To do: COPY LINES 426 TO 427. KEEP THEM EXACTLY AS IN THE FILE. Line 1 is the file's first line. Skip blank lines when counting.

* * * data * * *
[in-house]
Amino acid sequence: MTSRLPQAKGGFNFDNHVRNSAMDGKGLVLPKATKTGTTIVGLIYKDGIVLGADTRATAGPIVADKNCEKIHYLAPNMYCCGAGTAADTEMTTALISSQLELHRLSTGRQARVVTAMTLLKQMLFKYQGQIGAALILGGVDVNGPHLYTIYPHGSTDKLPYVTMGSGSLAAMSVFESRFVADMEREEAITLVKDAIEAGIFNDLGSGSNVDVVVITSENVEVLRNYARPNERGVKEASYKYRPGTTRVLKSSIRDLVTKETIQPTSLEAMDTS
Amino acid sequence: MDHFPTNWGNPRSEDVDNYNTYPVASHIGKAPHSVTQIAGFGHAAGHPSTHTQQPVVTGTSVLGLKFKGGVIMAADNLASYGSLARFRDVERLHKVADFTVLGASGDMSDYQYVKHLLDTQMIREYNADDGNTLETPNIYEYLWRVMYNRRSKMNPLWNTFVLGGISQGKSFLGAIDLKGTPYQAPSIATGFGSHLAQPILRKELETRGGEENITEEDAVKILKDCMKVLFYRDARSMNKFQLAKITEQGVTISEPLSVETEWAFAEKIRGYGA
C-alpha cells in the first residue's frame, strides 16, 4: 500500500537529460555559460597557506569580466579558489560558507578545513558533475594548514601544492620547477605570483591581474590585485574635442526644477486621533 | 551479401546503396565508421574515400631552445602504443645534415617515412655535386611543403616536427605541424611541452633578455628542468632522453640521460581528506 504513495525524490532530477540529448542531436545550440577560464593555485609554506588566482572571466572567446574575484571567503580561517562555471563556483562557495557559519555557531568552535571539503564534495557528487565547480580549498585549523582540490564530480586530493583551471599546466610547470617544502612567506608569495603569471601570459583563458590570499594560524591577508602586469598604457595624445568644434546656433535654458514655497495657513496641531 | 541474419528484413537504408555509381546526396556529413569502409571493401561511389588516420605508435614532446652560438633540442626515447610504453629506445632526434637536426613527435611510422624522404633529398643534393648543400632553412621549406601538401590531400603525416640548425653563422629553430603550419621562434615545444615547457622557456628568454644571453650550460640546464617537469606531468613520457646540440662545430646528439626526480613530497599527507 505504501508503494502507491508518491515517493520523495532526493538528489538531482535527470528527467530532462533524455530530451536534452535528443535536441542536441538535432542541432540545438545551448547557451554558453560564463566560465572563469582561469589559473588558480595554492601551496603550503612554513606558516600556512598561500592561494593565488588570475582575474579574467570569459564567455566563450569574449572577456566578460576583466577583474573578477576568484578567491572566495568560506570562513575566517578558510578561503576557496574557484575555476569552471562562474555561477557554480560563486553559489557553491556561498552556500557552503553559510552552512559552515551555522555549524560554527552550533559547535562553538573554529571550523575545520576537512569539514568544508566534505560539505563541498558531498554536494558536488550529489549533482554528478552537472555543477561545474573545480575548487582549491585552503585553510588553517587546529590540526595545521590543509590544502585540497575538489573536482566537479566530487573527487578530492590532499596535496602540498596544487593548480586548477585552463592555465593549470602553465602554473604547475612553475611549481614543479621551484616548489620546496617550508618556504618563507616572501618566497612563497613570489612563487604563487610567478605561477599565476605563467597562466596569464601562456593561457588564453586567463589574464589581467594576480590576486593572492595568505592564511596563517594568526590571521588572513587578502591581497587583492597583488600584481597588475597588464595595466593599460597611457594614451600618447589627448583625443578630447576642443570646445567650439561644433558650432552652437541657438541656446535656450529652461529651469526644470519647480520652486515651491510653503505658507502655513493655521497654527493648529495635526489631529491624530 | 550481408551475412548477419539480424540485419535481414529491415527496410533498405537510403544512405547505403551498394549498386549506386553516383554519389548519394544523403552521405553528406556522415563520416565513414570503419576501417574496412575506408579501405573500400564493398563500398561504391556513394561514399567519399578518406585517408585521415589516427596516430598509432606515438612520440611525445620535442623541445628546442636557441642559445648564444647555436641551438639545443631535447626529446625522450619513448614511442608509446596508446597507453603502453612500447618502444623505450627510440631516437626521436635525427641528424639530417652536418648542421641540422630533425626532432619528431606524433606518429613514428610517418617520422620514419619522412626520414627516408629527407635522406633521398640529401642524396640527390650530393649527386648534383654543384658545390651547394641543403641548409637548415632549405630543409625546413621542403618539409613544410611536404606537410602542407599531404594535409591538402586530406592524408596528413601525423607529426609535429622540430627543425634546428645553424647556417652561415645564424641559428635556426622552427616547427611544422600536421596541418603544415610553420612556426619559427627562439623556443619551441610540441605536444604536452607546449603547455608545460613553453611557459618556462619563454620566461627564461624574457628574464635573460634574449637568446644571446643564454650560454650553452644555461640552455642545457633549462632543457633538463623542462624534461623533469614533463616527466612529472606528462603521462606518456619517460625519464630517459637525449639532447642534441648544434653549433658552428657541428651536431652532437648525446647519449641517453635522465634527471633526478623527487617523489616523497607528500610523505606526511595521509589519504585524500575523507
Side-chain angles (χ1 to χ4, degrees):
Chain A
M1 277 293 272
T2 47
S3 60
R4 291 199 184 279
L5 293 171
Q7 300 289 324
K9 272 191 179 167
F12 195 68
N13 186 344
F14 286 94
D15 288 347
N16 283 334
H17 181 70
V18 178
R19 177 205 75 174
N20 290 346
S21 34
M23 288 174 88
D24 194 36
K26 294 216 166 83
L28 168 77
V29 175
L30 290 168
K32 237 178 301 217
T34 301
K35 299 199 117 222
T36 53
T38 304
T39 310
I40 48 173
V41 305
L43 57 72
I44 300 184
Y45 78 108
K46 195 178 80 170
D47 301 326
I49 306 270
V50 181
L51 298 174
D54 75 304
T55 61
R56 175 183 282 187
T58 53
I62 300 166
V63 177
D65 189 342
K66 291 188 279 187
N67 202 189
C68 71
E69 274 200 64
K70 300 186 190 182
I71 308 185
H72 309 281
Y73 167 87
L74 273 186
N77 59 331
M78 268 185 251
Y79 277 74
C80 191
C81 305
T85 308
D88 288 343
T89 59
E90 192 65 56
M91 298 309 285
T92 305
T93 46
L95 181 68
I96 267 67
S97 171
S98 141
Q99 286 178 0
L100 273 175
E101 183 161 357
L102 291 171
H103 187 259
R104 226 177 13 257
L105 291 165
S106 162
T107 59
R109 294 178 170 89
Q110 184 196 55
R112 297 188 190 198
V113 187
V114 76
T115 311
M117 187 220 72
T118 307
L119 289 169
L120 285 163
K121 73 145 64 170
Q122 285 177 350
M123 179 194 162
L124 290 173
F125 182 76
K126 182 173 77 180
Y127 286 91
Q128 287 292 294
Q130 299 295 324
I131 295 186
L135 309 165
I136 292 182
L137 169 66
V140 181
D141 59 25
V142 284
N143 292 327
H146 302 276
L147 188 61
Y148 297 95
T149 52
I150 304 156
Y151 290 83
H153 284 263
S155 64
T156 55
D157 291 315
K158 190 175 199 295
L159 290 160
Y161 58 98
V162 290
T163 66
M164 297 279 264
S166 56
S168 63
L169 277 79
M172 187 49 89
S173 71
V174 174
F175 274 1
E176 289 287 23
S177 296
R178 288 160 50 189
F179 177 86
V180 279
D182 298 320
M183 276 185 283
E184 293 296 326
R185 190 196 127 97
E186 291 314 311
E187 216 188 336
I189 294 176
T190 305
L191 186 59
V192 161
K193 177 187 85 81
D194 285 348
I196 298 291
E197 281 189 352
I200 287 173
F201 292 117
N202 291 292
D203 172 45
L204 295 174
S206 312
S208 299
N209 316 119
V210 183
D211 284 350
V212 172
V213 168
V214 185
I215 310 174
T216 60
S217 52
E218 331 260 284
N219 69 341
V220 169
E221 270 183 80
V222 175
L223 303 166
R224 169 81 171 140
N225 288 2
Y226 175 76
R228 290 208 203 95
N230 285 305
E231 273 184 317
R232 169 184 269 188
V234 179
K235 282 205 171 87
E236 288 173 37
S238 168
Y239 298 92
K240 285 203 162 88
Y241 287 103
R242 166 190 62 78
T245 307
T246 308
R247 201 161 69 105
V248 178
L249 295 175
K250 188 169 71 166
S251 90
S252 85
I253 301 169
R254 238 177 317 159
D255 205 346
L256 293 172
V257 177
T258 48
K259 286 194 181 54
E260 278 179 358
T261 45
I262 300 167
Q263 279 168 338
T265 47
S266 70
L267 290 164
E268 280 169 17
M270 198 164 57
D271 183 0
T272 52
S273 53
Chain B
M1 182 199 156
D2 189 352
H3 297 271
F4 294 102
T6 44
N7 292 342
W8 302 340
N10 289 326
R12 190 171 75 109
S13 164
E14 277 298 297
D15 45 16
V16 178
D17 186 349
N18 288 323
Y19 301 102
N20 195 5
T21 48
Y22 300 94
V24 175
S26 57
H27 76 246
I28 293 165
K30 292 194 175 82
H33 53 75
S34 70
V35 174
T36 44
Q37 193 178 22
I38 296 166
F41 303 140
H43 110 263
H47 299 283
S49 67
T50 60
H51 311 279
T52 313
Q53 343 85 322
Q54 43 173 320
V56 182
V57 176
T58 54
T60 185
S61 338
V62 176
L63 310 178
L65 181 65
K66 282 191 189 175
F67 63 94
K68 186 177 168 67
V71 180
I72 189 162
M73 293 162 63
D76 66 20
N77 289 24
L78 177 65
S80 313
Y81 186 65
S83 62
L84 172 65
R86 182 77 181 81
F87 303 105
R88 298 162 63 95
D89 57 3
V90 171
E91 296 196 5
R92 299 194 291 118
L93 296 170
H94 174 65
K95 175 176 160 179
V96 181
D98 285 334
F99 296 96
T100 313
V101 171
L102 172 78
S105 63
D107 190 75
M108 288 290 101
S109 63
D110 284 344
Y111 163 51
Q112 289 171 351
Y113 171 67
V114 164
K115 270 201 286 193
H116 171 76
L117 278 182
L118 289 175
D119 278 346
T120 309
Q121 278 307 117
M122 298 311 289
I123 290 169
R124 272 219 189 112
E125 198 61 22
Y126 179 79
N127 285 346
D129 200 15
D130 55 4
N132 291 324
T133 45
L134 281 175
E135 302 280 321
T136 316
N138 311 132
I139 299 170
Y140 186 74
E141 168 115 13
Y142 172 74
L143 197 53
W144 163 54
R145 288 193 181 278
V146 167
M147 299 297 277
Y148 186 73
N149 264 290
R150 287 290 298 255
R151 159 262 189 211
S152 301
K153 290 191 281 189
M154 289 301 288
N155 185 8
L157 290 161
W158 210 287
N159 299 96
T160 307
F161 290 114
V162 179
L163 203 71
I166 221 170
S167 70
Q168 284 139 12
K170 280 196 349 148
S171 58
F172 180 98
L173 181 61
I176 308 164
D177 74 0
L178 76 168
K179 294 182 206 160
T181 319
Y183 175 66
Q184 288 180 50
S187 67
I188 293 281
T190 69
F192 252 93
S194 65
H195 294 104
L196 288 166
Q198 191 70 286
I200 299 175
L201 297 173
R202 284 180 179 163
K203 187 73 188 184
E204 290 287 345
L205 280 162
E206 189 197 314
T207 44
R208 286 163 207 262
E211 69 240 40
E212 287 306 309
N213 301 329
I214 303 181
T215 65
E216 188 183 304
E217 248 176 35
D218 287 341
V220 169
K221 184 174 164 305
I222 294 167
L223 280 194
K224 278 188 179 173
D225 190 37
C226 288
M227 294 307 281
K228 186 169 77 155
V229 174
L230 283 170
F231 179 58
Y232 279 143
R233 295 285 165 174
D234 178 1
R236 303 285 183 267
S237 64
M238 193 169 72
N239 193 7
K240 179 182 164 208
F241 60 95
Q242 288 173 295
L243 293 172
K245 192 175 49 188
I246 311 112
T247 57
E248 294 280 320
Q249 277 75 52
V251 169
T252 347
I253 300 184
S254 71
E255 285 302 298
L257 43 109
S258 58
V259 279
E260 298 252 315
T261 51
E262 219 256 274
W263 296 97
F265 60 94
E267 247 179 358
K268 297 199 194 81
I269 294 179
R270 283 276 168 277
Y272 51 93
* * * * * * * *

E260 298 252 315
T261 51